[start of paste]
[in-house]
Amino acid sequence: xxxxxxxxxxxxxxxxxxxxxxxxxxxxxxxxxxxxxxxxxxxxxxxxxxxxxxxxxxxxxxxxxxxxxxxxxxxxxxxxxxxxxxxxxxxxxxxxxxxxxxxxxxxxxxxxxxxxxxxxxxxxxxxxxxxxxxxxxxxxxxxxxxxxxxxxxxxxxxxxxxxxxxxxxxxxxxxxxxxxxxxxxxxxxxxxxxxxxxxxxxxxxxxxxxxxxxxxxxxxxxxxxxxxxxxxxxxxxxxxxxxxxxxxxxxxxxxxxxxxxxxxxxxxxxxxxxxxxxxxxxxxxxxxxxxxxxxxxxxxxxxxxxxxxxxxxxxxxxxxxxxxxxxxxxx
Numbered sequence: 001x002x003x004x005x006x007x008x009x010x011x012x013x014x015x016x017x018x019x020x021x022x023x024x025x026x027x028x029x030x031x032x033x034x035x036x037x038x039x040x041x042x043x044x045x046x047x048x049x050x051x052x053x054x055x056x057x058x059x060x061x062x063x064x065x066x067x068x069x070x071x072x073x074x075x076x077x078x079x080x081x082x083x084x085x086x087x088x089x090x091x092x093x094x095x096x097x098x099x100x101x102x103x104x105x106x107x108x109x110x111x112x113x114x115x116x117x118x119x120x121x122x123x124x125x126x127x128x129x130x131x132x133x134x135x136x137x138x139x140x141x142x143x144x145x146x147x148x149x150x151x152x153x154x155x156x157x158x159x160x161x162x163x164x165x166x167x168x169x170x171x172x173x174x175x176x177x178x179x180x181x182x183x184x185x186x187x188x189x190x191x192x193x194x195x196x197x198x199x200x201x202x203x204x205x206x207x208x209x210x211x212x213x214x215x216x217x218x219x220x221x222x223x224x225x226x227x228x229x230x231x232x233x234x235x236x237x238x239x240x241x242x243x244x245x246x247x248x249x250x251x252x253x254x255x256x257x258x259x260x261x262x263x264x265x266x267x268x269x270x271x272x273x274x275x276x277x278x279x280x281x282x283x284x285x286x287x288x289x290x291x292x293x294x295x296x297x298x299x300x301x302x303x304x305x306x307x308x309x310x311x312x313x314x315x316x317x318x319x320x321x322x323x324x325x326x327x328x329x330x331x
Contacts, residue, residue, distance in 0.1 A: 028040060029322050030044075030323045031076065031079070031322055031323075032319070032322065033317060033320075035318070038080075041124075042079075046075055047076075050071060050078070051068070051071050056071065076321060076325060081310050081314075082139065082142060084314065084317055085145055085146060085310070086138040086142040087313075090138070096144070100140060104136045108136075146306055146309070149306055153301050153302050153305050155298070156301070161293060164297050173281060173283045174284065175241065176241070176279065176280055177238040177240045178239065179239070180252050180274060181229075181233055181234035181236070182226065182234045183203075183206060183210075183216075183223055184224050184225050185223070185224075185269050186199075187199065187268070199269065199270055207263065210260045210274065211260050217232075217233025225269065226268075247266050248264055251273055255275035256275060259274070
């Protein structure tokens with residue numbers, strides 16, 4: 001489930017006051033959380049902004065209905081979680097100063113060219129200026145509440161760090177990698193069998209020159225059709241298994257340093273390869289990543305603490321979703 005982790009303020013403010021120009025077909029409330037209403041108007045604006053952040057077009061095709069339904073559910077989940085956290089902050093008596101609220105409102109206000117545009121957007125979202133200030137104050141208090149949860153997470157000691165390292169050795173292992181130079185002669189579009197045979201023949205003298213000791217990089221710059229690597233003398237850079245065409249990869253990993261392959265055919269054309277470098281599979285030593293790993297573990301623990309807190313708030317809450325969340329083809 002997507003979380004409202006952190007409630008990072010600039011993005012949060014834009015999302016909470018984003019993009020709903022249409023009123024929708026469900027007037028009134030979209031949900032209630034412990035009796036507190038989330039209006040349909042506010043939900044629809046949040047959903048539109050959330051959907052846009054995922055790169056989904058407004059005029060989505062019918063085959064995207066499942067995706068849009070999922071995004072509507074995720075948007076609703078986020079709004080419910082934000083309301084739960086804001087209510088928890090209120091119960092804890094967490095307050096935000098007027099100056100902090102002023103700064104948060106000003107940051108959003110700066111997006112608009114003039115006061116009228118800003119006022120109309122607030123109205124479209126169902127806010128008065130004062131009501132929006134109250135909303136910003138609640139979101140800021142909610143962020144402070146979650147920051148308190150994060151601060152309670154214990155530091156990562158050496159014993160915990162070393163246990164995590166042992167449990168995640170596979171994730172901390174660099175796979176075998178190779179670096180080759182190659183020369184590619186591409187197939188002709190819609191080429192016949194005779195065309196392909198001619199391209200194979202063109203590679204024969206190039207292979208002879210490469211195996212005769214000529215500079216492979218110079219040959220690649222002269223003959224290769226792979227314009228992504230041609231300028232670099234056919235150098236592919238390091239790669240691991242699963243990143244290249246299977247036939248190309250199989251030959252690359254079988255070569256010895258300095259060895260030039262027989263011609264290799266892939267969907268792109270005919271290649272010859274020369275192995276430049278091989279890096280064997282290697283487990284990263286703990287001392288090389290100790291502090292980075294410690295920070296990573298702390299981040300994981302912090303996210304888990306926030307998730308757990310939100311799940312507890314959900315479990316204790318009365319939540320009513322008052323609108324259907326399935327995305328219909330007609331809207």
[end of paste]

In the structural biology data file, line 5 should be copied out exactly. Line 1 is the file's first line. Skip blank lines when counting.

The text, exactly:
């Protein structure tokens with residue numbers, strides 16, 4: 001489930017006051033959380049902004065209905081979680097100063113060219129200026145509440161760090177990698193069998209020159225059709241298994257340093273390869289990543305603490321979703 005982790009303020013403010021120009025077909029409330037209403041108007045604006053952040057077009061095709069339904073559910077989940085956290089902050093008596101609220105409102109206000117545009121957007125979202133200030137104050141208090149949860153997470157000691165390292169050795173292992181130079185002669189579009197045979201023949205003298213000791217990089221710059229690597233003398237850079245065409249990869253990993261392959265055919269054309277470098281599979285030593293790993297573990301623990309807190313708030317809450325969340329083809 002997507003979380004409202006952190007409630008990072010600039011993005012949060014834009015999302016909470018984003019993009020709903022249409023009123024929708026469900027007037028009134030979209031949900032209630034412990035009796036507190038989330039209006040349909042506010043939900044629809046949040047959903048539109050959330051959907052846009054995922055790169056989904058407004059005029060989505062019918063085959064995207066499942067995706068849009070999922071995004072509507074995720075948007076609703078986020079709004080419910082934000083309301084739960086804001087209510088928890090209120091119960092804890094967490095307050096935000098007027099100056100902090102002023103700064104948060106000003107940051108959003110700066111997006112608009114003039115006061116009228118800003119006022120109309122607030123109205124479209126169902127806010128008065130004062131009501132929006134109250135909303136910003138609640139979101140800021142909610143962020144402070146979650147920051148308190150994060151601060152309670154214990155530091156990562158050496159014993160915990162070393163246990164995590166042992167449990168995640170596979171994730172901390174660099175796979176075998178190779179670096180080759182190659183020369184590619186591409187197939188002709190819609191080429192016949194005779195065309196392909198001619199391209200194979202063109203590679204024969206190039207292979208002879210490469211195996212005769214000529215500079216492979218110079219040959220690649222002269223003959224290769226792979227314009228992504230041609231300028232670099234056919235150098236592919238390091239790669240691991242699963243990143244290249246299977247036939248190309250199989251030959252690359254079988255070569256010895258300095259060895260030039262027989263011609264290799266892939267969907268792109270005919271290649272010859274020369275192995276430049278091989279890096280064997282290697283487990284990263286703990287001392288090389290100790291502090292980075294410690295920070296990573298702390299981040300994981302912090303996210304888990306926030307998730308757990310939100311799940312507890314959900315479990316204790318009365319939540320009513322008052323609108324259907326399935327995305328219909330007609331809207």